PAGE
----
Hosni Mubarak's condition has deteriorated so much that doctors had to constantly administer oxygen to him overnight, officials said yesterday.
Hosni Mubarak's health is deteriorating
CAIRO // Hosni Mubarak's condition has deteriorated so much that doctors had to constantly administer oxygen to him overnight, officials said yesterday.
Officials at Cairo's Torah jail, where 84-year-old Mubarak is serving a life sentence, said he is suffering breathing problems, high blood pressure and depression.
He did not speak to his doctors or anyone else except for a few words to his son and one-time heir apparent Gamal.
Gamal is being held in the same prison and was at his father's side, said the officials.
They said Mubarak was given oxygen throughout the night until yesterday morning.
Security officials say Mubarak's health has deteriorated sharply since Saturday, when he and his ex-security chief were sentenced to life in prison for failing to prevent the killing of protesters during the uprising that toppled him last year.
Mubarak had been held in military hospitals since his arrest in April last year until his sentencing. He did not want to go to the Torah prison hospital after the sentencing Saturday, pleading with his escort to take him back to the military hospital east of Cairo where he had been before.
Mubarak and his two sons were acquitted of corruption charges in Saturday's mixed verdict. But they are being held in prison on new charges of insider trading, brought just days before their acquittals were announced in the separate case with their father.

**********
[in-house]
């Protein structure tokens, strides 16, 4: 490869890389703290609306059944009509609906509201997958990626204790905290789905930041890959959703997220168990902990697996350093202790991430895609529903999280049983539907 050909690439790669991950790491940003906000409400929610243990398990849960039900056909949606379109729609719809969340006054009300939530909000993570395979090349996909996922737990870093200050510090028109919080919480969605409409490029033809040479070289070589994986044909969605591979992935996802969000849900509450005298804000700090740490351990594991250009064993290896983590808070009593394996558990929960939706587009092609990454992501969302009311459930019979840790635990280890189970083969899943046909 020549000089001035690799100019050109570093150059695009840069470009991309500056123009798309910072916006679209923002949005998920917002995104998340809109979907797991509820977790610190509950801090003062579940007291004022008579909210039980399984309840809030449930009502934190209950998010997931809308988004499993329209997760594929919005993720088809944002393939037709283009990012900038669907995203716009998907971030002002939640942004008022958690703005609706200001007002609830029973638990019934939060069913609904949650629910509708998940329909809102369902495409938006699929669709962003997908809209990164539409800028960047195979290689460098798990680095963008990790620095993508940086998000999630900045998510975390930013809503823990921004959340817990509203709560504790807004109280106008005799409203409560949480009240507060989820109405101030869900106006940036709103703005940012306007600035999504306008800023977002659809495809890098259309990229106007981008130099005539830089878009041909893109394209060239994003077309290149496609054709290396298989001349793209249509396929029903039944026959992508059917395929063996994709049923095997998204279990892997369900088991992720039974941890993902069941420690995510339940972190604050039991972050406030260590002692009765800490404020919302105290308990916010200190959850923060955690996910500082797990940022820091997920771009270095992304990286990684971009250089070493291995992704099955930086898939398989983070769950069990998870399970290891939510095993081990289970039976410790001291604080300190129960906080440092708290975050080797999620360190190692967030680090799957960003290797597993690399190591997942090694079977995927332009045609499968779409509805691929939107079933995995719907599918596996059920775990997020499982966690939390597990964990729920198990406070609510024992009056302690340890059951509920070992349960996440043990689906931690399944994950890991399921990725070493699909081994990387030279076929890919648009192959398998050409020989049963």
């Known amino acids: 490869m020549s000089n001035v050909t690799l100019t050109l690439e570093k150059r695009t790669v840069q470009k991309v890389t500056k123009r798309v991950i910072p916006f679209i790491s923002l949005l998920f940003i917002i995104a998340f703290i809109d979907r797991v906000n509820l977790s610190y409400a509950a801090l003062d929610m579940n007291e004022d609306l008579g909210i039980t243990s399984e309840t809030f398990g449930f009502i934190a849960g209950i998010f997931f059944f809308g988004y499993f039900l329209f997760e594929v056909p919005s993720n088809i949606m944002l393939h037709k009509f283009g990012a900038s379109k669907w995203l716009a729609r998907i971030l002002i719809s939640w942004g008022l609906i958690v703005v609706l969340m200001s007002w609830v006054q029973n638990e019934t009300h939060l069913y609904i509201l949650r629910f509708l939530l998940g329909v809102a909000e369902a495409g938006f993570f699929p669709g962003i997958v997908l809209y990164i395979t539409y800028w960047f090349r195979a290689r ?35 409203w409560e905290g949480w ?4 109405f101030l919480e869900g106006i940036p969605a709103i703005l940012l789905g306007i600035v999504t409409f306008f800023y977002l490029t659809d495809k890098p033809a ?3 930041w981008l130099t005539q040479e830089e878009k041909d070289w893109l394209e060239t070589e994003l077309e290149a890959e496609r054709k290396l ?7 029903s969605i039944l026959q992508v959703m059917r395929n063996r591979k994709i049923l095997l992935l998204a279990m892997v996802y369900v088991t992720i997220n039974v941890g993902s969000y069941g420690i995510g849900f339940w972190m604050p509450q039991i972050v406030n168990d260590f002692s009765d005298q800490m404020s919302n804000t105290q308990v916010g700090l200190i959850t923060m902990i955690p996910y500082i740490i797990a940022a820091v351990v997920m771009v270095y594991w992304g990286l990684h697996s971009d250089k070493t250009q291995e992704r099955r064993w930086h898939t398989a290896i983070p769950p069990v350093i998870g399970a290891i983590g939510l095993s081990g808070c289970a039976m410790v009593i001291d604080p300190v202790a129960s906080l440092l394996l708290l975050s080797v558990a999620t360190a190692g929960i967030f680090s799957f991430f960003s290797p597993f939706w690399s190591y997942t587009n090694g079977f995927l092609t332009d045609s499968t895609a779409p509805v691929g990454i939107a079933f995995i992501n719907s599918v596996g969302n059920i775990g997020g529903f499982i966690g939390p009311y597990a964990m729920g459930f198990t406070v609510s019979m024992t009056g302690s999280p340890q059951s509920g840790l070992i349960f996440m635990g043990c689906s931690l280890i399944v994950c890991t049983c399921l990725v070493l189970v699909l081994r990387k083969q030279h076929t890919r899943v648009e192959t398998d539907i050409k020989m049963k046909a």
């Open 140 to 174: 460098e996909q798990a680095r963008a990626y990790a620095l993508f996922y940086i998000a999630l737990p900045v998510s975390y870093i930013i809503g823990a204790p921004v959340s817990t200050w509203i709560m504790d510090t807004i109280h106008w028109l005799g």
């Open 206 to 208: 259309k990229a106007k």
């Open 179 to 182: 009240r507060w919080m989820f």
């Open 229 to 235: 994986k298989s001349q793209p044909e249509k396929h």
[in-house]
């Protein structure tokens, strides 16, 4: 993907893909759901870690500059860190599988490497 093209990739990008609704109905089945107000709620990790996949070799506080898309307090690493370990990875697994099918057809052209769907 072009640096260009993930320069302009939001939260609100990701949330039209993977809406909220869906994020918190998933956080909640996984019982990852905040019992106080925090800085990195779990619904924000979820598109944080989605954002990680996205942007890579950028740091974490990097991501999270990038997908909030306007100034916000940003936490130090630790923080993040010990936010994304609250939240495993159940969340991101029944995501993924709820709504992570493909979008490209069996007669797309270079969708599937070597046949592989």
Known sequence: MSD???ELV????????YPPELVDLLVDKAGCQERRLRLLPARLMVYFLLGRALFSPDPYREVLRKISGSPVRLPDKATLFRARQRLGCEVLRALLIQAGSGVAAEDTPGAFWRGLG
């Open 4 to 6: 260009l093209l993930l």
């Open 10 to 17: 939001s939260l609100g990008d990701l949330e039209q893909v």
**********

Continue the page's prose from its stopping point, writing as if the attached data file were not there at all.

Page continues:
The acquittals brought harsh criticism from the Islamist-dominated parliament and set off a new wave of protests in Cairo's Tahrir Square and other cities.
The turmoil erupted two weeks before Egypt's presidential run-off on June 16-17 pitting Mohammed Morsi of the Muslim Brotherhood against Mubarak's last prime minister Ahmed Shafiq in a presidential run-off.
Yesterday, one of the country's top judicial officials, chairman of the union of judges Ahmed El Zind, responded to criticism from parliament with a scathing attack.
In a televised news conference, Mr El Zind said it was unacceptable to question the integrity of judges and accused lawmakers of abusing their immunity.
"You did not inherit Egypt from your mothers and fathers," said Mr El Zind, whose attack appeared to be directed against the Brotherhood, a fundamentalist group that won just under half of the legislature's seats.
"We will never allow this legislature to be a thorn in Egypt's side," he said.
The group is at odds with the ruling military council that took over from Mubarak, in part over the selection of a 100-member panel to draft a new constitution.